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When researching franchise opportunities, it’s important to examine Item 19 in a franchisor’s Franchise Disclosure Document (FDD). Indeed, the first question most prospective franchisees ask a franchisor is, “How much money can I make in this business?” Since the U.S. Federal Trade Commission (FTC) passed the franchise compliance rules in 1979, some franchise companies may respond, “We can’t tell you because the FTC won’t allow us to.” Take heed because this statement is false and always has been.
FTC Regulations Govern the Disclosure of Financial Performance Information
Guidelines for the 1979 FTC regulations governing the sale of franchises specify that franchise companies may make “earnings claims” under certain conditions. The 2007 revised FTC rules contain a similar provision with different terminology. The FTC now refers to “earnings claims” as “financial performance representations.” Its regulations again specify that franchisors may make them under certain conditions. Notably, under the current rules, franchisors electing not to provide prospective franchisees with financial performance representations must make a specific disclosure. They must inform the candidate that the FTC does allow them to release this type of information as long as (a) there is a “reasonable basis” for it and (b) it is published in Item 19 of their Franchise Disclosure Document (FDD).
Why Wouldn’t a Franchisor Publish Item 19 Data?
A franchise company may make any financial representation as long as it complies with FTC rules, which aren’t very tough to meet. Most franchisors that publish an Item 19 disclosure provide basic sales revenue information, because they collect this data from their franchisees on royalty payment reports. Some franchisors go further and report on the basic cost of goods sold, because it is fairly easy to determine and usually consistent among franchisees. A smaller number of franchisors also specify typical expenses incurred by a unit, usually grouped into fairly broad categories (rent, labor, etc.). In this way, they produce a gross margin or cash flow type of report. A very small number of franchisors go so far as to provide a full profit and loss income statement (usually drawn from data on company-owned units).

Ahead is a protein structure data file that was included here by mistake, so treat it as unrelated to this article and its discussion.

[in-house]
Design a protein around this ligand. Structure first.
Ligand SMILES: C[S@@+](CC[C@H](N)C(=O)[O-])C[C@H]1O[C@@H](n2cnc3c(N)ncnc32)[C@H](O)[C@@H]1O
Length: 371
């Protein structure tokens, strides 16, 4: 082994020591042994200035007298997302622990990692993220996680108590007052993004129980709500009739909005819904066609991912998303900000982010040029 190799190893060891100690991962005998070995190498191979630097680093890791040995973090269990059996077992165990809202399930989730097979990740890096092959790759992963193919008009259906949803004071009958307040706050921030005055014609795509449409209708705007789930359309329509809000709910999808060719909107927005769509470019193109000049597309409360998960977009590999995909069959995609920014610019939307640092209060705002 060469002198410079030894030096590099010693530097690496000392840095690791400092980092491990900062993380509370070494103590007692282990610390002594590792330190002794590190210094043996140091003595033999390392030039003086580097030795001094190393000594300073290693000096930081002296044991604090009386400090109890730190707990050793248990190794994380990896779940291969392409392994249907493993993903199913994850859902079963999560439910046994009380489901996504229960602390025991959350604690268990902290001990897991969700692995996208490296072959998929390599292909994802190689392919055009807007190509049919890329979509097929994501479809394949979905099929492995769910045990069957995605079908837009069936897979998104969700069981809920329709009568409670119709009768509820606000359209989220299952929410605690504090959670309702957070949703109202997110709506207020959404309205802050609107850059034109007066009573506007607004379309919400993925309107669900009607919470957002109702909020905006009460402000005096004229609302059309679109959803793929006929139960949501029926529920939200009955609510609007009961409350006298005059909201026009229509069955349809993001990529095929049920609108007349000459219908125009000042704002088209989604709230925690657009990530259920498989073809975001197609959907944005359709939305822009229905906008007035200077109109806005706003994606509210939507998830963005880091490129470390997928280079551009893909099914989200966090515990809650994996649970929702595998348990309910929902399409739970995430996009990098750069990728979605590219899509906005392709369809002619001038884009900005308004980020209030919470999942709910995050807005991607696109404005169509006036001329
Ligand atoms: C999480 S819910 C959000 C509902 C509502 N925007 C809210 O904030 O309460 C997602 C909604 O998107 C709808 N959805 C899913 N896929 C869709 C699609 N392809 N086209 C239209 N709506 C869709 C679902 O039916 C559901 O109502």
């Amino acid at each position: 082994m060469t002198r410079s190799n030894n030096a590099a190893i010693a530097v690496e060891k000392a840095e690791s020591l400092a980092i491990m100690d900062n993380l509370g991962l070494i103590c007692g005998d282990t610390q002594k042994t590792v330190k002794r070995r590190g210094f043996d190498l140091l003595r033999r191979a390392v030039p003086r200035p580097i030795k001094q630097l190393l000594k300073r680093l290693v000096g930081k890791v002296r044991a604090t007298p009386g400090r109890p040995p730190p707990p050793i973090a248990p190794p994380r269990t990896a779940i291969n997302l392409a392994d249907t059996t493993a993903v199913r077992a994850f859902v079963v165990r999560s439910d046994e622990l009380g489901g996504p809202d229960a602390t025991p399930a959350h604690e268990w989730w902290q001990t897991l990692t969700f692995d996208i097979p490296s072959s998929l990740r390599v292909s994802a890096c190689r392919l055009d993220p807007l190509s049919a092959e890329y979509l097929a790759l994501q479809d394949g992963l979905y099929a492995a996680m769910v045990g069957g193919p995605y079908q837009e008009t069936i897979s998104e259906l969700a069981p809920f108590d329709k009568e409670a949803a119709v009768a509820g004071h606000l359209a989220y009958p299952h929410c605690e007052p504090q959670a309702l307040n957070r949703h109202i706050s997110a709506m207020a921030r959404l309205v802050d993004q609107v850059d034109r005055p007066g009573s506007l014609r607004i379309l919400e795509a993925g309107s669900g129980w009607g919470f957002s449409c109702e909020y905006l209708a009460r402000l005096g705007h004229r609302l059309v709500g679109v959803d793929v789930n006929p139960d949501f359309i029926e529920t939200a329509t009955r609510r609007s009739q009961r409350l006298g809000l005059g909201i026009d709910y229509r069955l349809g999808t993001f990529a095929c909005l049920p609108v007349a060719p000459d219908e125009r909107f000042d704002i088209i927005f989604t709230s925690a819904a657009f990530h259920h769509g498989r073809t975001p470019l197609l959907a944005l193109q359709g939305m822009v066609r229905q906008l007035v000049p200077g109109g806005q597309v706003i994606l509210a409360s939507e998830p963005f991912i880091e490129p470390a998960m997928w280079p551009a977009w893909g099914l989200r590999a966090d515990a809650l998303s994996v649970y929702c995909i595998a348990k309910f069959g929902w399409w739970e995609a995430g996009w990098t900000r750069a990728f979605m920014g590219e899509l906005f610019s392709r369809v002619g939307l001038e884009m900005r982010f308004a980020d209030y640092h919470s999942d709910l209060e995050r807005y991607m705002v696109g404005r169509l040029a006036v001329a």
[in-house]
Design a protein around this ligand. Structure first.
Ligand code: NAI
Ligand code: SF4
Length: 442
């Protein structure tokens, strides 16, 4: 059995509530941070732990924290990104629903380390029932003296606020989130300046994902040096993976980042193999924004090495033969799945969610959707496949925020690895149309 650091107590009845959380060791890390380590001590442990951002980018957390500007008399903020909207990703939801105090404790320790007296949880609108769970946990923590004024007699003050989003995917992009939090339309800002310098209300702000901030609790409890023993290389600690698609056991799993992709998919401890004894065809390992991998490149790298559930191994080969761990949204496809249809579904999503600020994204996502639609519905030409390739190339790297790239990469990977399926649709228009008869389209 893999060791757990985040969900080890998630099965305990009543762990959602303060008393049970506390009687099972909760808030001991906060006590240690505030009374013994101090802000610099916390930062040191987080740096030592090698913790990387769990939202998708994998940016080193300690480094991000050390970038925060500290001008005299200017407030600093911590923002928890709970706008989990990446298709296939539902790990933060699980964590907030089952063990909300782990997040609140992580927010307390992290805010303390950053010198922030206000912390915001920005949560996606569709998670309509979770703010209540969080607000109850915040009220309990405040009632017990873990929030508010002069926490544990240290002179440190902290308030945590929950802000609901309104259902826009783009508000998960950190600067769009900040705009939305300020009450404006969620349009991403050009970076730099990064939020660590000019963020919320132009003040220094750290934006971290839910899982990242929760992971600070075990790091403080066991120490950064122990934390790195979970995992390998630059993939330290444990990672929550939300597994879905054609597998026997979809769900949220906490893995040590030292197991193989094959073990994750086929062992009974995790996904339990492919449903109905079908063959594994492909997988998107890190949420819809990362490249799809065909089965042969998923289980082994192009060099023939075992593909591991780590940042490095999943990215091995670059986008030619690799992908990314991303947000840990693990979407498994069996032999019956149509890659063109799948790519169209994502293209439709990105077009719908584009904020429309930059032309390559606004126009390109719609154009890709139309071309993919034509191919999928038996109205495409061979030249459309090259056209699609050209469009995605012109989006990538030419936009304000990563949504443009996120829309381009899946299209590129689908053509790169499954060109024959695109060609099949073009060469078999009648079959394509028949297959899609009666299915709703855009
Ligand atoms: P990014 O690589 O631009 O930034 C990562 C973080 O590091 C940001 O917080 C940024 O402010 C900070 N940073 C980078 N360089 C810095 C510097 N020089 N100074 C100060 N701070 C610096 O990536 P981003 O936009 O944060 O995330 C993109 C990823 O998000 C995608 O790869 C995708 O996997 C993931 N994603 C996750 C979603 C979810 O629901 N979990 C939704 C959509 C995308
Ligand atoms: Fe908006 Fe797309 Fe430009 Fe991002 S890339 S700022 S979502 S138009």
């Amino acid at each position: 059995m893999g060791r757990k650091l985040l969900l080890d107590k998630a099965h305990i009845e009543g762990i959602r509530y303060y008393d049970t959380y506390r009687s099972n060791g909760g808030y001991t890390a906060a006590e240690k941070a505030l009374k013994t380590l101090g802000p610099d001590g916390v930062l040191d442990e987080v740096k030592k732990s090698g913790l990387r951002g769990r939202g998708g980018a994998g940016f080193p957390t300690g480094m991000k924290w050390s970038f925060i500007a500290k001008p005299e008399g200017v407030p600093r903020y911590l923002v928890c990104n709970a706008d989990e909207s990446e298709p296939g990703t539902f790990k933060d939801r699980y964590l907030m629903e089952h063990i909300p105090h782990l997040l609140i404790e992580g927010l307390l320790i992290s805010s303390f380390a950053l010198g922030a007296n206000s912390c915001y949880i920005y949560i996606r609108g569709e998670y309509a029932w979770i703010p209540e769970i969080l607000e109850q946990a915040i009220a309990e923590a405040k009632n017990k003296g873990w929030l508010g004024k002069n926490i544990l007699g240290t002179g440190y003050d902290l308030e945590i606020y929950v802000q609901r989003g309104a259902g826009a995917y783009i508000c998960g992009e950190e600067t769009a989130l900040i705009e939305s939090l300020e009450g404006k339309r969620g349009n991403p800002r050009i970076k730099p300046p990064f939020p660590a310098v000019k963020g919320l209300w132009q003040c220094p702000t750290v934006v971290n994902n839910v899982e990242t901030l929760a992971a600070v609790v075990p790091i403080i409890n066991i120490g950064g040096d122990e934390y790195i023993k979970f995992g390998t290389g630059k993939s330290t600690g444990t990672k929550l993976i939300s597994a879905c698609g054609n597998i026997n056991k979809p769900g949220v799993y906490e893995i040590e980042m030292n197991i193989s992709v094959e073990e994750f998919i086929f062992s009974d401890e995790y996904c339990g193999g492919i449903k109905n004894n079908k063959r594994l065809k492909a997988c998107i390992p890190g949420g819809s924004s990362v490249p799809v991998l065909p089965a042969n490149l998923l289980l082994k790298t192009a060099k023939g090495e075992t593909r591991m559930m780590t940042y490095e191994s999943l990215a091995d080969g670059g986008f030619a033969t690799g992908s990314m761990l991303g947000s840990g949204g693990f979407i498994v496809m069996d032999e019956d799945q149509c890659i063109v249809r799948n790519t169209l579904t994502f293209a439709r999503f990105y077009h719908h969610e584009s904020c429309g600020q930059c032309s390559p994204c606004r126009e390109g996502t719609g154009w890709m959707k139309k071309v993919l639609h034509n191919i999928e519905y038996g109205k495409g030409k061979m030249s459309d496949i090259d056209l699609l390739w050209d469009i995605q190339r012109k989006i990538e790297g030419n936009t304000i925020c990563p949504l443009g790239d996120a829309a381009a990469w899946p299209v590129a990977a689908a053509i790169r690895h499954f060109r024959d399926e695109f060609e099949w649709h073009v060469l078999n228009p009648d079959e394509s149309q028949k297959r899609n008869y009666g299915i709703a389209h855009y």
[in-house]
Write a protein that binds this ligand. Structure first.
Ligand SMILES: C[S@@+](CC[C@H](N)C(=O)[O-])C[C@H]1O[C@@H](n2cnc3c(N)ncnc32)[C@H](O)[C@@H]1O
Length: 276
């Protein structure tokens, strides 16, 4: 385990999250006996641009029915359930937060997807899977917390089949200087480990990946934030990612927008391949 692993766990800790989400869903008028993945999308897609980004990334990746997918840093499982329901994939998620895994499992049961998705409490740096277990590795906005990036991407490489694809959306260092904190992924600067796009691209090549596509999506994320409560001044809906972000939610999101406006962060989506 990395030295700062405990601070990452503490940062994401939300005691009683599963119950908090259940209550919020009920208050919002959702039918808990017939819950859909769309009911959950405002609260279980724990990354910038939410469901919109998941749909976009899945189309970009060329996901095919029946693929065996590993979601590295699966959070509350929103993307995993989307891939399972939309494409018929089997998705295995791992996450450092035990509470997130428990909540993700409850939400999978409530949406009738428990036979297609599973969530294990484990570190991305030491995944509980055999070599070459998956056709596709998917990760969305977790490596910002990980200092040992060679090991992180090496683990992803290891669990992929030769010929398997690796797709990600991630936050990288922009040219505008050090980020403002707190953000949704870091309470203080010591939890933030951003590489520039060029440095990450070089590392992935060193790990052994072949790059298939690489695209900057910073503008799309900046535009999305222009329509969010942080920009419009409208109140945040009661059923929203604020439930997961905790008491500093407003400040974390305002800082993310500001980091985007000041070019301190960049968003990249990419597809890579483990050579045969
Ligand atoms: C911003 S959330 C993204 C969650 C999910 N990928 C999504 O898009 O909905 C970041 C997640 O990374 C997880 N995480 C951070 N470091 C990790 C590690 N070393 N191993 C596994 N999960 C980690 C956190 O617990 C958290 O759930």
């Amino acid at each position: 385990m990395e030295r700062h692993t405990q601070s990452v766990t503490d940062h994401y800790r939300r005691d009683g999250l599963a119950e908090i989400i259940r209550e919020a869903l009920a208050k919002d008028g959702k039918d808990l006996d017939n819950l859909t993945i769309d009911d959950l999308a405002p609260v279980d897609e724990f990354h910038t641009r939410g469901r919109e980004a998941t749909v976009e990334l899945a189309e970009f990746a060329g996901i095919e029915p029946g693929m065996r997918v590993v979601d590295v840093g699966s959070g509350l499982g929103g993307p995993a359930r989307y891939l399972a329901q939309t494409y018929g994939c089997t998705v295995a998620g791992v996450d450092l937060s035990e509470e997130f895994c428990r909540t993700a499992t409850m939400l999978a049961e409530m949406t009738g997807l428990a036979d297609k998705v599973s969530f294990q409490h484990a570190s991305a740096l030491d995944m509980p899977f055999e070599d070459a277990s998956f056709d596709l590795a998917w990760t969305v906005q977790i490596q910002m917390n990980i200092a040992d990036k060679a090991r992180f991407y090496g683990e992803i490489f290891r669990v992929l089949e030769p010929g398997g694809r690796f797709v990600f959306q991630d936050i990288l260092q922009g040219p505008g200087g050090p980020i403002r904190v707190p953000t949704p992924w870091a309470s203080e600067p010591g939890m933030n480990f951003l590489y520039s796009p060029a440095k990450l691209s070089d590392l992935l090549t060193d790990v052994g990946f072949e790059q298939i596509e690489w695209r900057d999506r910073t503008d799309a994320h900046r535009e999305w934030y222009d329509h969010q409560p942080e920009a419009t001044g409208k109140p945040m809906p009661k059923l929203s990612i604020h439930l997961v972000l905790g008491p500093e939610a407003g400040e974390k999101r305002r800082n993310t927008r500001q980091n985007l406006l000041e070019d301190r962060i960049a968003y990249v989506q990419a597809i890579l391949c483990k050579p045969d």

Even though the FTC gives franchise companies a great deal of flexibility as to the financial performance data they provide to prospective franchisees, not all companies disclose this information. Why not? Below are five reasons why a franchise company might elect not to provide financial performance information
Reason 1: They are a new company and lack a sufficient track record.
In other words, they don’t yet have enough data for it be useful in showing a pattern or indicating how a typical unit will perform. Once they have a larger number of units operating for a longer period of time, their data will be more meaningful and they will be more likely to provide it. If a new company puts forward any financial figures, it may raise questions about whether or not there is a “reasonable basis” for the information. In order to comply with the FTC regulations, it is safer for them to hold back from publishing any earnings information.
Reason 2: They don’t want to invest time and effort in gathering the information.
Many franchise companies do not regularly collect specific financial information (especially as it pertains to operating expenses) from their franchisees. The company may believe that the performance of its existing units is not indicative of what a new franchisee will experience. It can be quite time consuming and/or expensive for a franchise company to collect this information if they are not already doing so for other purposes.
Reason 3: They have concerns about the accuracy of available data.
Even when a franchisor decides to make the effort to collect revenue and expense data from all franchisees, it’s possible their data may not be entirely accurate. Perhaps not all of the franchisees prepared their data accurately and/or in a uniform way. Or there could have been errors in the assembly of the data into a composite report. Any of these problems could result in data that might be challenged later as “misleading” and therefore become the basis for litigation. That is a risk all franchisors want to avoid.
Two reasons that will give you pause.
They have an excuse: their franchise attorney “told them not to.” This excuse doesn’t work as well as it used to! Most of today’s franchise attorneys openly advocate for franchisors to include Item 19 in their FDD. They argue that the positives almost always outweigh any risks associated with the disclosure.
Their performance figures would not be attractive to potential franchisees. Ouch – this one obviously presents a problem. There is no way to know how often this is the reason franchisors decide not to publish an Item 19. You will have to uncover this circumstance yourself during your research.